To me, Hispanic Heritage Month is about embracing all of who I am. As a half Puerto Rican from California, I have spent most of my life hearing that I was not enough to fit into any group. From my seasonal skin tones to my broken Spanish, I floated in the in-between space that confused most people.
New conversations started with “So what are you?” then quickly progressed into breaking down why I wasn’t Hispanic enough. “Are you sure you’re not [insert wrong race here]?…But you don’t even [insert stereotype here].”
I applied to Booth during this spring’s COVID-extended deadlines and did not have the opportunity to visit campus or talk with many students. Before orientation started, I was not sure if introductions would elicit the “What are you?” question all over again. I was so thankful that my peers were more interested in learning about me as a person than why my name is so American. There was no vetting, just new friends.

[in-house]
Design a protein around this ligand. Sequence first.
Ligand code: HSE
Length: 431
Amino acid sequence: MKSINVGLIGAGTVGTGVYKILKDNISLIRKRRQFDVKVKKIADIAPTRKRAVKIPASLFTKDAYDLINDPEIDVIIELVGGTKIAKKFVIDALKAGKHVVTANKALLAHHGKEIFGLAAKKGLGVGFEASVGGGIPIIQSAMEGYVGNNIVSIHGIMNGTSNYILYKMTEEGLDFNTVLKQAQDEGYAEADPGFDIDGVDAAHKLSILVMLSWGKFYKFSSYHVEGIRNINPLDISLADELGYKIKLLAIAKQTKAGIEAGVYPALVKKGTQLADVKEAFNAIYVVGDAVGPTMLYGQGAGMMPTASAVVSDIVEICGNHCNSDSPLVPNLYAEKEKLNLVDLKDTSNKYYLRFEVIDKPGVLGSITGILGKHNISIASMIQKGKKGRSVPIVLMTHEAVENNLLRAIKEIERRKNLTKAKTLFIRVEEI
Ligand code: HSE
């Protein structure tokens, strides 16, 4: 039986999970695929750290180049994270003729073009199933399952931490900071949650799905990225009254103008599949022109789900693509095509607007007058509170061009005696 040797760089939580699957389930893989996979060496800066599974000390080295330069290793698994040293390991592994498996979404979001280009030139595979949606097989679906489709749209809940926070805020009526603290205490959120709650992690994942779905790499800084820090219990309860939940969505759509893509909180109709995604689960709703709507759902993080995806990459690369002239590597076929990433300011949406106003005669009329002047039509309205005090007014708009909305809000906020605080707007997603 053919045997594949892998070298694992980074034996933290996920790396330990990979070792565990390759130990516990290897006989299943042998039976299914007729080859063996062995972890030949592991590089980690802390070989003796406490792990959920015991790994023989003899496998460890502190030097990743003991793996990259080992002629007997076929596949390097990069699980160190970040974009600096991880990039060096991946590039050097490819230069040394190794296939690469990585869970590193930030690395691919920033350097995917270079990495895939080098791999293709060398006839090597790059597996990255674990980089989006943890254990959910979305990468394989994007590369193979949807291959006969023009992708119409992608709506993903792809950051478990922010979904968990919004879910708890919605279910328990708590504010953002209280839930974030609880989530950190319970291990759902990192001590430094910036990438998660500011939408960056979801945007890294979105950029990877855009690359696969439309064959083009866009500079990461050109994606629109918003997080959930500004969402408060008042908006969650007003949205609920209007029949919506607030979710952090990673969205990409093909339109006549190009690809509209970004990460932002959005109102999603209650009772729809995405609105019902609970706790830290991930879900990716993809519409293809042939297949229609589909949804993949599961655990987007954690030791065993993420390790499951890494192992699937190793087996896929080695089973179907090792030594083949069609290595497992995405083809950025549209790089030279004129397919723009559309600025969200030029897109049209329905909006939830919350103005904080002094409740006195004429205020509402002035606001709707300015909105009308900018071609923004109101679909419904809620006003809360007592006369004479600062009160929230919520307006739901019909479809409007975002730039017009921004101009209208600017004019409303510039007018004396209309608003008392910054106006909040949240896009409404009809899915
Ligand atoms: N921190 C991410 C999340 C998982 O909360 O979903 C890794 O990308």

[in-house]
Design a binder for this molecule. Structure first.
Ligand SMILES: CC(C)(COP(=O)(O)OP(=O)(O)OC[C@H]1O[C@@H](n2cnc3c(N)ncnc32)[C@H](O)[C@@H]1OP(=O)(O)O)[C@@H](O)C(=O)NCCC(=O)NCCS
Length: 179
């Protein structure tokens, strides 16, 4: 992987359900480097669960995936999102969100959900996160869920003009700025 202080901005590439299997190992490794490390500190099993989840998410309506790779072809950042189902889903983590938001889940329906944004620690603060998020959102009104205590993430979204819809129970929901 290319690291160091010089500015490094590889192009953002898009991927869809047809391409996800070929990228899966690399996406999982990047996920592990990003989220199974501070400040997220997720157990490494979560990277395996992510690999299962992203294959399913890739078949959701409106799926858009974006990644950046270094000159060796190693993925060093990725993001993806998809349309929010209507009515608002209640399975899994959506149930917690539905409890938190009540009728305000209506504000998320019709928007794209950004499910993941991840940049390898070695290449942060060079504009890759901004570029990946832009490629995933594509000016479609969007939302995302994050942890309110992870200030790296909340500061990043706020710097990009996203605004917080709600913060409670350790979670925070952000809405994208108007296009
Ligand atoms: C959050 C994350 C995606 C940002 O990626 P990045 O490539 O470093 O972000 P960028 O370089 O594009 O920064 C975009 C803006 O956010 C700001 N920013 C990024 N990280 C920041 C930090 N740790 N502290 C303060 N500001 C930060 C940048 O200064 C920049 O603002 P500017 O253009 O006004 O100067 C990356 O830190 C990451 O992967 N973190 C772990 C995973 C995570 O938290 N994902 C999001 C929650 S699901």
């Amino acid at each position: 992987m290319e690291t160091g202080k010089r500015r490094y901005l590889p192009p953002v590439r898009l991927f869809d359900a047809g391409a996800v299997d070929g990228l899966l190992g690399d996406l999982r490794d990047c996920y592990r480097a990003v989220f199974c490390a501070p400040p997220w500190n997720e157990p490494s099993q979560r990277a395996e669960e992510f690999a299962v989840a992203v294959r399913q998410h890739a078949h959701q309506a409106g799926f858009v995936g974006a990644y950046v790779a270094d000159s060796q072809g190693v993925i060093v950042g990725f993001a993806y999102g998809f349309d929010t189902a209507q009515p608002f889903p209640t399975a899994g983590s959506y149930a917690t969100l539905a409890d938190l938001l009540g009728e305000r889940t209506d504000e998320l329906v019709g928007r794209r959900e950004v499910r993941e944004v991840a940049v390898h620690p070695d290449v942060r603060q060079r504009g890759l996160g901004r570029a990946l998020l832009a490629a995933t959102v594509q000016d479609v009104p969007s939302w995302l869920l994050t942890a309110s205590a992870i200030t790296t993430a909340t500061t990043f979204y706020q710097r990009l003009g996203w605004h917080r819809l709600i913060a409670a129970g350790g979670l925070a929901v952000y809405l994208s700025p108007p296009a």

But why choose a school when you are unsure about who you will meet? For me, it was simple: I chose the school that chose me. I don’t mean that I chose the school that simply admitted me; I chose the one that showed genuine interest in knowing me. From the HABSA chair who gave me essay feedback to the admissions officer who listened to my financial aid concerns, I felt valued as a future student and community member.
To Booth, I was not just a GMAT score and a resume. I was a bold, Californian, salsa-dancing, mixed Latina in tech who had a story to tell—and they wanted to hear it.
Three weeks into my first quarter of classes, I couldn’t be happier with my choice to commit to Booth. From the Hispanic American Business Students Association (HABSA) and Management Consulting Group (MCG) to soccer and language families, I am finding people who I know will become my lifelong friends. With these lasting connections and the growth environment that is Booth’s Full-Time MBA program, I know that I will thrive in Chicago and beyond.